When I asked my question the artists looked with a kind of smile that told me – that her answer will be quite contrary to what I expected.
‘-To be very honest with you – said Danielle- I am totally not that much into the Golden Age. What I like about the paintings from that period is the technique used – the ‘camera obscure’ – the dark background, the things you do not get to see as an onlooker and playing with the light. But what I do find very interesting are the themes that give me plenty of room to “speak” of the universal emotions, dilemmas that people experience. And what is beautiful about emotions – they do not change over the time, through the centuries. For example, from looking at my work “Story Of Lucretia” you can easily figure out that it was inspired by Rembrandt’s painting.
‘Why was that particularly moved you about Lucretia?’- I asked spontaneously
– ‘When I saw the movie produced by Rijksmuseum I was deeply moved by the Rembrandt’s painting showing suffering Lucretia, the victim of a rape who did not how to live further after the drama that happened to her.- answered the artist – ‘ We all know that Lucretia committed suicide. But what I wanted to explore and capture in my photograph was ‘the moment before making the decision’. The “not knowing what to do” that all the people experience in their lives. So when I was with the female model in the studio and we were working on the image, at some point she got very tired, even wrecked I could say, like she could not stand this posing anymore.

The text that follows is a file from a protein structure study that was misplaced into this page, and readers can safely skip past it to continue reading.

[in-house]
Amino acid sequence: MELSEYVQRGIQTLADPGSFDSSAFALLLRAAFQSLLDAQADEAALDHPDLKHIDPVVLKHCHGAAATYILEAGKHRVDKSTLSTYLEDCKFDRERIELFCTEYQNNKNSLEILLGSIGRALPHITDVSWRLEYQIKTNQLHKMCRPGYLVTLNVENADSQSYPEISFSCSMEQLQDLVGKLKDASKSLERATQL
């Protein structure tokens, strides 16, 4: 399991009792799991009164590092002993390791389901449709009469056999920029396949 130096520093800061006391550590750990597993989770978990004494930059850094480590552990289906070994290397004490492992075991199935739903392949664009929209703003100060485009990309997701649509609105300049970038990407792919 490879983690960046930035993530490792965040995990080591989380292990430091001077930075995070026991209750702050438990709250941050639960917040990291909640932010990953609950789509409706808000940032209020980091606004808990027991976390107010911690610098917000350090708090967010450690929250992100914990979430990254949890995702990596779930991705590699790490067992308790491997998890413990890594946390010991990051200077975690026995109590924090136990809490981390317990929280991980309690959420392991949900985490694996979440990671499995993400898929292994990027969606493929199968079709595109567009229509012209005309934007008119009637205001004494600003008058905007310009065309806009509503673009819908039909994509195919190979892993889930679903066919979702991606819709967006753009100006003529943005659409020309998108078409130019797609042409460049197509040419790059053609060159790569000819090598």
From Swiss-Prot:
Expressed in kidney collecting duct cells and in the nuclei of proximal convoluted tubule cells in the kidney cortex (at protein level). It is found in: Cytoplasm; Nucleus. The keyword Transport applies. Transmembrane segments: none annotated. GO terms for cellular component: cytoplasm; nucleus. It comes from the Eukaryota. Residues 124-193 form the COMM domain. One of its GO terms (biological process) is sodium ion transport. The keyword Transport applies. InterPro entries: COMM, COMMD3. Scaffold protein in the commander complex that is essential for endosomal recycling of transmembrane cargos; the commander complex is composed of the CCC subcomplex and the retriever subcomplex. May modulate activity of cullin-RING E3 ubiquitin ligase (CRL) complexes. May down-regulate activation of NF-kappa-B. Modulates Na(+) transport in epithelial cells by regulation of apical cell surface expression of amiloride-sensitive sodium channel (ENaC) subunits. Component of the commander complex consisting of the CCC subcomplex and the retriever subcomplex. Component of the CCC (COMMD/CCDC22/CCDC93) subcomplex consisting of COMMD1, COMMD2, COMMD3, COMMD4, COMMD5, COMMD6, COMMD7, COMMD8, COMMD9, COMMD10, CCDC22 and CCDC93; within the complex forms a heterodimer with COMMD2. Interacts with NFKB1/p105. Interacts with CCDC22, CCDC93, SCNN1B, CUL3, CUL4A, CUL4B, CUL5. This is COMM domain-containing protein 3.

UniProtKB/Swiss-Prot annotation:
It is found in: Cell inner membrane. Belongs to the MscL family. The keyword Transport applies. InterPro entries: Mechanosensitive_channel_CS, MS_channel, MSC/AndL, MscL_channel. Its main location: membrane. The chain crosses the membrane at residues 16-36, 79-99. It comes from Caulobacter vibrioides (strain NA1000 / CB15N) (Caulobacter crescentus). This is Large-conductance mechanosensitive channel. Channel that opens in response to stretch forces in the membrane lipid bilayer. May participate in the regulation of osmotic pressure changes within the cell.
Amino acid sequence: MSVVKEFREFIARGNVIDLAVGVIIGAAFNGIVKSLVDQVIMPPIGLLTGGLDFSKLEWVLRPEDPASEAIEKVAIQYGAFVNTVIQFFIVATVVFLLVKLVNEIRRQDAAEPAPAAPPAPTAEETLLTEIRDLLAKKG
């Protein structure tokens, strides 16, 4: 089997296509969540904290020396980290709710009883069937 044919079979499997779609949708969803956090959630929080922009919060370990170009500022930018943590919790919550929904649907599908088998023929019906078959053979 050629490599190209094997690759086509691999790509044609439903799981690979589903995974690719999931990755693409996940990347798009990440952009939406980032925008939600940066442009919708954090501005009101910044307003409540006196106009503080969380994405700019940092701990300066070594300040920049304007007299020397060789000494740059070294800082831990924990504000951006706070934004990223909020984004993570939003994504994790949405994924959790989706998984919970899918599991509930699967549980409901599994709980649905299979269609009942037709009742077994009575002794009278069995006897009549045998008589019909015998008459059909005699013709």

And this is when I said to myself, ‘Now’ and quickly took the picture, that expressed the despair of Lucretia. When it comes to the male model on the artwork, who represented the one who committed a crime , I wanted him to express the deep regret. No matter what he did – he could not turn back the time. His real tragedy lied in the fact that it was not in his hands to protect the young woman from killing herself.
-So the scenes you present on your photographs are in general all about capturing the real but also universal emotions, the psychology? – I asked just to make sure if I got it right.